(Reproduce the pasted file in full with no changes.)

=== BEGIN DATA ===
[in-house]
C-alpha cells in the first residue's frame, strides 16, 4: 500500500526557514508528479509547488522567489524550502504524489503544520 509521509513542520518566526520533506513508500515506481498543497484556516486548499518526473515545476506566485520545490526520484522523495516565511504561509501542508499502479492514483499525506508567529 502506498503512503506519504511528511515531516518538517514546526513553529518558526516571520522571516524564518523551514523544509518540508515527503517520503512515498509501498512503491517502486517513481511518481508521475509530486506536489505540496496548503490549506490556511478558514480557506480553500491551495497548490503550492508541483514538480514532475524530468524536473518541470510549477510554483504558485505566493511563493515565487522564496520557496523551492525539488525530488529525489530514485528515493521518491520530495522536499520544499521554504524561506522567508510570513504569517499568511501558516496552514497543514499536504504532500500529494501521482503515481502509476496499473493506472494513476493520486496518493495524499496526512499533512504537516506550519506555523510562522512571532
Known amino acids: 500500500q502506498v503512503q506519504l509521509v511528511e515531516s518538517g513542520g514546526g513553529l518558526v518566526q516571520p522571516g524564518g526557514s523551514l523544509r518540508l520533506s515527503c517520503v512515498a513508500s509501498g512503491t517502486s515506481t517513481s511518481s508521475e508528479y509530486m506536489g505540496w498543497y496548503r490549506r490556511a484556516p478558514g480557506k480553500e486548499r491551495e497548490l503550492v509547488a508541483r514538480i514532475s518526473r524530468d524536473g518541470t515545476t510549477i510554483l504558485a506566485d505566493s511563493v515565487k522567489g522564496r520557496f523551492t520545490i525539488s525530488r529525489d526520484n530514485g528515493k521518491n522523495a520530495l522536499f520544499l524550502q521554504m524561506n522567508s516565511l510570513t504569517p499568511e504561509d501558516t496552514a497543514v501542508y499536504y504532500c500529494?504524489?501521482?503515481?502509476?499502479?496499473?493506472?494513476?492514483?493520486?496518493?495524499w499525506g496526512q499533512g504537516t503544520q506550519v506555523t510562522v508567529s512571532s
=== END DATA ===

[in-house]
C-alpha cells in the first residue's frame, strides 16, 4: 500500500526557514508528479509547488522567489524550502504524489503544520 509521509513542520518566526520533506513508500515506481498543497484556516486548499518526473515545476506566485520545490526520484522523495516565511504561509501542508499502479492514483499525506508567529 502506498503512503506519504511528511515531516518538517514546526513553529518558526516571520522571516524564518523551514523544509518540508515527503517520503512515498509501498512503491517502486517513481511518481508521475509530486506536489505540496496548503490549506490556511478558514480557506480553500491551495497548490503550492508541483514538480514532475524530468524536473518541470510549477510554483504558485505566493511563493515565487522564496520557496523551492525539488525530488529525489530514485528515493521518491520530495522536499520544499521554504524561506522567508510570513504569517499568511501558516496552514497543514499536504504532500500529494501521482503515481502509476496499473493506472494513476493520486496518493495524499496526512499533512504537516506550519506555523510562522512571532
Known amino acids: 500500500q502506498v503512503q506519504l509521509v511528511e515531516s518538517g513542520g514546526g513553529l518558526v518566526q516571520p522571516g524564518g526557514s523551514l523544509r518540508l520533506s515527503c517520503v512515498a513508500s509501498g512503491t517502486s515506481t517513481s511518481s508521475e508528479y509530486m506536489g505540496w498543497y496548503r490549506r490556511a484556516p478558514g480557506k480553500e486548499r491551495e497548490l503550492v509547488a508541483r514538480i514532475s518526473r524530468d524536473g518541470t515545476t510549477i510554483l504558485a506566485d505566493s511563493v515565487k522567489g522564496r520557496f523551492t520545490i525539488s525530488r529525489d526520484n530514485g528515493k521518491n522523495a520530495l522536499f520544499l524550502q521554504m524561506n522567508s516565511l510570513t504569517p499568511e504561509d501558516t496552514a497543514v501542508y499536504y504532500c500529494?504524489?501521482?503515481?502509476?499502479?496499473?493506472?494513476?492514483?493520486?496518493?495524499w499525506g496526512q499533512g504537516t503544520q506550519v506555523t510562522v508567529s512571532s